By Dr Tyler Fallon, PT, DPT, CSCS
Some time ago participation in sports was driven by comradery, enjoyment, and a need to pass time while staying active and out of trouble. Athletics have evolved massively, both in a physical and mental way, with strength programs and practices for athletes being highly structured, focused, and intense. Without question, this shift has led to bigger, stronger, more skilled athletes as competition to participate at the highest levels have soared. People have long studied the idea of what makes a better athlete and while physical stature, attributes, and genetics play a large role, time on task potentially plays an even greater responsibility. Simply put, the more hours spent on a specific sport, the more likely that child or athlete is to become elite.
People who define sport specialization agree that these athletes start at a younger age (<18), dedicate full athletic commitment to the sport, and increase their level of participation. Some athletes perform multiple sports at a high level year round, and are not included in this group of athletes. Sport specialization gradually increases each year as adolescents age and differs from sport to sport. For example, tennis, figure skating, and ballet dancers have higher rates of sport specialization than soccer or lacrosse for example and begin at younger ages.
These bigger questions remain: Is it worth it to specialize in sport? And What is the price to pay?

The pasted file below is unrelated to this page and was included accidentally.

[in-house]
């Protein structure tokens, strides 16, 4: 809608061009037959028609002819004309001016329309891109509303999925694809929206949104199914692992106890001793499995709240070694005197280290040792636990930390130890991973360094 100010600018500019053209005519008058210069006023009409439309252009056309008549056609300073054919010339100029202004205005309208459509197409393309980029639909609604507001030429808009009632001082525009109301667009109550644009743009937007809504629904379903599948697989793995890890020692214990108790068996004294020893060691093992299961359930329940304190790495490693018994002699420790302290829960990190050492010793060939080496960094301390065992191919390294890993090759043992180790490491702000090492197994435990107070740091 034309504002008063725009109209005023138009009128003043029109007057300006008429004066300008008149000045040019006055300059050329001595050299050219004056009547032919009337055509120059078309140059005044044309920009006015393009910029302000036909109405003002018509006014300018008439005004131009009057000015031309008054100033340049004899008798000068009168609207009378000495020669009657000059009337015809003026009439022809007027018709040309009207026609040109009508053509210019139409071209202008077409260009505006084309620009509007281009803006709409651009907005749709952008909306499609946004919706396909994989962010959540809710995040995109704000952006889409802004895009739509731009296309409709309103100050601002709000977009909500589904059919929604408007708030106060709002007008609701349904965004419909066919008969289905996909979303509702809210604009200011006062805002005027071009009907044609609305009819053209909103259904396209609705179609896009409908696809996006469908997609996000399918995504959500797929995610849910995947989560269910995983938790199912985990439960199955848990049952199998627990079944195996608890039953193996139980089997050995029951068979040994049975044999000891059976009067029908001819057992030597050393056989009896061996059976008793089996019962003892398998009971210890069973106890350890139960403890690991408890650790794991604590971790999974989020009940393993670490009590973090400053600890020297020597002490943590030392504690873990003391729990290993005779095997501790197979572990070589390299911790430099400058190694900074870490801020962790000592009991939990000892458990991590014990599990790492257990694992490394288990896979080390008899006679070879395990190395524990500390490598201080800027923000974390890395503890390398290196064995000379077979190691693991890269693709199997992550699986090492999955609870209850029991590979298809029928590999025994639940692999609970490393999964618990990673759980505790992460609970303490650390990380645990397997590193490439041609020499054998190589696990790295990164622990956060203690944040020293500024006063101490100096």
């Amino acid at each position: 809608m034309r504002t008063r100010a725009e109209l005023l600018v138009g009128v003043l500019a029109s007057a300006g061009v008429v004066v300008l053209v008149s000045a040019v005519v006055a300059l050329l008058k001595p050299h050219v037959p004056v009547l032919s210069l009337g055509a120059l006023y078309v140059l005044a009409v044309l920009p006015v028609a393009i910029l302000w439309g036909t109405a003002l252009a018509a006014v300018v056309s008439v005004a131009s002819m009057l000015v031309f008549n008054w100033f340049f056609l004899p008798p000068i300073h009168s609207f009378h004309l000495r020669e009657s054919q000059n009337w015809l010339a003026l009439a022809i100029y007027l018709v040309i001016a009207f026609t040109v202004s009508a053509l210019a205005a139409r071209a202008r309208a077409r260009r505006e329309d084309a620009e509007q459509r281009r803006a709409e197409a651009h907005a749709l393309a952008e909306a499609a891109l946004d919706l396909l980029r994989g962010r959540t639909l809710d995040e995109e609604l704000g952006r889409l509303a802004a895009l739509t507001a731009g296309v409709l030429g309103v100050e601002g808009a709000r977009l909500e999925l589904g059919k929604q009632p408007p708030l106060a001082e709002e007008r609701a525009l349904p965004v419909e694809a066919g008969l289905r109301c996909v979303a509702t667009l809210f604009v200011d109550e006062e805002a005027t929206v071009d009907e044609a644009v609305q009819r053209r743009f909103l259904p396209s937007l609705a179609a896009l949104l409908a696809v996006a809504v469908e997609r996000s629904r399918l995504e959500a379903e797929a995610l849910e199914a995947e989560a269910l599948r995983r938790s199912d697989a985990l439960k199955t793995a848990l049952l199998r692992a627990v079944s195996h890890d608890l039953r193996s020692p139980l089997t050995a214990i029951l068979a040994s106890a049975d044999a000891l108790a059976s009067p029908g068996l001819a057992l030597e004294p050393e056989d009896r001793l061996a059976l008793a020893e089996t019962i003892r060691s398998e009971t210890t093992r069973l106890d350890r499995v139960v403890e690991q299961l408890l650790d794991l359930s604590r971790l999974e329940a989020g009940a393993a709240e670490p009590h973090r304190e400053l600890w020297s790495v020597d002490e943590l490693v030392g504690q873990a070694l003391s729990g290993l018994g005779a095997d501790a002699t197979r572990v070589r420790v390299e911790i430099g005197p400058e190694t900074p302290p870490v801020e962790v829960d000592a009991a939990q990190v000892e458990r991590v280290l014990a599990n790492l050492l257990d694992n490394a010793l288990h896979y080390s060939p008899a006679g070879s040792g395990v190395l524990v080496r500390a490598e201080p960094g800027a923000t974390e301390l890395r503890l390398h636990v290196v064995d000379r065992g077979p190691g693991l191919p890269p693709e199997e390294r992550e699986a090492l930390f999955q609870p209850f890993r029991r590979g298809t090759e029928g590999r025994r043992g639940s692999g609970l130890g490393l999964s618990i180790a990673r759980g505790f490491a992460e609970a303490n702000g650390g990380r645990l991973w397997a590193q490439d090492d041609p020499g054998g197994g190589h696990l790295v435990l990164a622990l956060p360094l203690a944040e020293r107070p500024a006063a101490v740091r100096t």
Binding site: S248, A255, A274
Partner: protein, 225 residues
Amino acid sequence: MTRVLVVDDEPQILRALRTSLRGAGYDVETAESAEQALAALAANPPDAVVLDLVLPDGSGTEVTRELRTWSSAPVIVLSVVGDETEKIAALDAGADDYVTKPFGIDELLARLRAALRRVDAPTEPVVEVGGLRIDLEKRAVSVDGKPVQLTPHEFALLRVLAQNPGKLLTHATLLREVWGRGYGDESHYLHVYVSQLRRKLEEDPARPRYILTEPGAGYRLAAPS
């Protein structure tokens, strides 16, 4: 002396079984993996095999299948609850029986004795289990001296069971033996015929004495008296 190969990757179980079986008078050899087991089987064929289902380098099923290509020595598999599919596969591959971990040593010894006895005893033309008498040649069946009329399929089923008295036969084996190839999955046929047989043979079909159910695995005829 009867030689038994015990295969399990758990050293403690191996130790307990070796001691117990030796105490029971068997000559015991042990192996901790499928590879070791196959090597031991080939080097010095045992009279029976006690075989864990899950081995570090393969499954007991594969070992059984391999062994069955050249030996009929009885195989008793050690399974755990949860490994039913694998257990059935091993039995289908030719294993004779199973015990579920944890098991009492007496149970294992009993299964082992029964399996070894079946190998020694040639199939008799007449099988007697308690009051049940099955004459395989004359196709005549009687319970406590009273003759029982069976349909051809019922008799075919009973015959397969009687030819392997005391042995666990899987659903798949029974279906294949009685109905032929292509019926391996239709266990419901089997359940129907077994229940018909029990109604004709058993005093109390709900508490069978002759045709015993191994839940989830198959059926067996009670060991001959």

Generally, the more an athlete practices and hours spent performing a certain skill, the better he or she will be at the skill, and this applies to both team and individual sports. That being said, diversifying an athlete’s sports, especially at a young age could potentially provide the athlete with valuable physical and cognitive attributes about which sport will apply once the athlete specializes. While not proven, exposing an athlete to many sports early in adolescence, followed by specializing around fifteen or sixteen years of age, may lead to better social attributes within the athlete, more enjoyment, less risk of burn-out from the sport, higher skill or performance level, and potentially fewer injuries.
Burnout and psychological stress of high demand of performance and success contribute to children dropping out of sports. Years and usually thousands of dollars spent on transportation, team fees, equipment, and training can all be wasted if the child has had enough. When a child specializes before adolescence, and with improper off-season or rest time, the risk for burnout is likely higher.
Risk of injury always exists for all athletes. Unfortunately, with sport specialization, higher rates of injury are typically found and this may be related to many reasons. Some risk factors that may lead to repetitive use injuries include higher competition level, higher demand of intense practice time, reduced off-season time or insufficient rest, and so forth. A way to combat these risk factors is to develop a strength and conditioning program in the offseason, and perform a maintenance program during a season, utilizing research to predict common repetitive use injuries and look biomechanically at the athlete in order to stabilize areas and add mobility to others.
There is no special formula to ensure a child’s success in sport as every child is different. A strength and conditioning program however can help athletes in many ways, including improving performance and reducing the risk for injury. A physical therapist, with a background in strength and conditioning, can combine the knowledge of common repetitive use injuries and pathology to an athlete in order to create a preventative program that will promote the athlete’s success both physically and mentally. So if specializing with a sport is in the cards for your athlete, be sure to have them take good care of their bodies both physically and mentally.